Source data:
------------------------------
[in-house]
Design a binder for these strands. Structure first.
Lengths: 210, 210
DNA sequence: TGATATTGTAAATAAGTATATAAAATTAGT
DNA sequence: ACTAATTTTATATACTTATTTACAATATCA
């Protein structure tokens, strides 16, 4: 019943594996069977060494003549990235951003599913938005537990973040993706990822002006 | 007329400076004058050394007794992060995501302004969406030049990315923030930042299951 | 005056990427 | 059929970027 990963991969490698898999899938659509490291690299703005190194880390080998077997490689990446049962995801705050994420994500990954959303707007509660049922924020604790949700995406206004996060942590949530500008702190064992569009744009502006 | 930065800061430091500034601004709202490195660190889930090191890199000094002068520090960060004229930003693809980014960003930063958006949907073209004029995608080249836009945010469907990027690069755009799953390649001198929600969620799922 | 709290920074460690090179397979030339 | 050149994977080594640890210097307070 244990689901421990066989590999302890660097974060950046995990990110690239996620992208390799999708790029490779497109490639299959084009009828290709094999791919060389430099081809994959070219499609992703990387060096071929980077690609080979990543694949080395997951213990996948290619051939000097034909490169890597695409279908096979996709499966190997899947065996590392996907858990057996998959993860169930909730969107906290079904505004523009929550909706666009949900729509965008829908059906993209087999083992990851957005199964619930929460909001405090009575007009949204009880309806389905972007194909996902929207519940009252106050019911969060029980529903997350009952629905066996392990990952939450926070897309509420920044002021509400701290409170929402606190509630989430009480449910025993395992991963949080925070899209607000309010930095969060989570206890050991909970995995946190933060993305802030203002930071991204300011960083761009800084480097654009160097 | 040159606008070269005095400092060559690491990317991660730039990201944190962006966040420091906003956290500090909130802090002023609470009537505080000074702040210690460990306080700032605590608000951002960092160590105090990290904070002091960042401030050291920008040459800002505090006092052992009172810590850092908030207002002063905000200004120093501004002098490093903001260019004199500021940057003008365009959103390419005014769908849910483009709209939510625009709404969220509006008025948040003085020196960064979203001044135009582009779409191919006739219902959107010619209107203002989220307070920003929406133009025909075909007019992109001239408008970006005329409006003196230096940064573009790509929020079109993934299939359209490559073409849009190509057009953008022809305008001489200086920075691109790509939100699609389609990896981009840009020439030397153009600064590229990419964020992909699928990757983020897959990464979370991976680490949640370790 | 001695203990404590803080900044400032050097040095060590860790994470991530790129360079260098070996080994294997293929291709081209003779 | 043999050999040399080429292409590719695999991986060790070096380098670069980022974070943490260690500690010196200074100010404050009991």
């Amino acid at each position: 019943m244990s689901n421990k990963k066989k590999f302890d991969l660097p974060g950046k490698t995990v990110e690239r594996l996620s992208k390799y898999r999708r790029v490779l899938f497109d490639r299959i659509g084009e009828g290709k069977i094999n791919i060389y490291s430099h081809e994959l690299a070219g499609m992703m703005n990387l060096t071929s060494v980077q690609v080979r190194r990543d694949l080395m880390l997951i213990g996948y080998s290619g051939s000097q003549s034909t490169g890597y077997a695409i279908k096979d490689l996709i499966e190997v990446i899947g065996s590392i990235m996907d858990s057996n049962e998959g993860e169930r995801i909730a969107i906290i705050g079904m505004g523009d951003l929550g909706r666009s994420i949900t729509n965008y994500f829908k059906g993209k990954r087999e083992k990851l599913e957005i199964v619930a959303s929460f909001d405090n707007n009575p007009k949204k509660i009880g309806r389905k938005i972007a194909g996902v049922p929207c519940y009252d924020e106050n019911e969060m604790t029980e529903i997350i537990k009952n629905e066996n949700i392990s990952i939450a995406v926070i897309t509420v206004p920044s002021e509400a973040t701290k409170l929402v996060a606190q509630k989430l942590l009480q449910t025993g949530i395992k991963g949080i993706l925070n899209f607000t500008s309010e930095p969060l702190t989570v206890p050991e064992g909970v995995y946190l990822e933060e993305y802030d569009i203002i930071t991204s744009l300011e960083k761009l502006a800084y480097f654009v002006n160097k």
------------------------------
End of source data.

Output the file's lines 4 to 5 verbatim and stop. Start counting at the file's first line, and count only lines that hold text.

DNA sequence: TGATATTGTAAATAAGTATATAAAATTAGT
DNA sequence: ACTAATTTTATATACTTATTTACAATATCA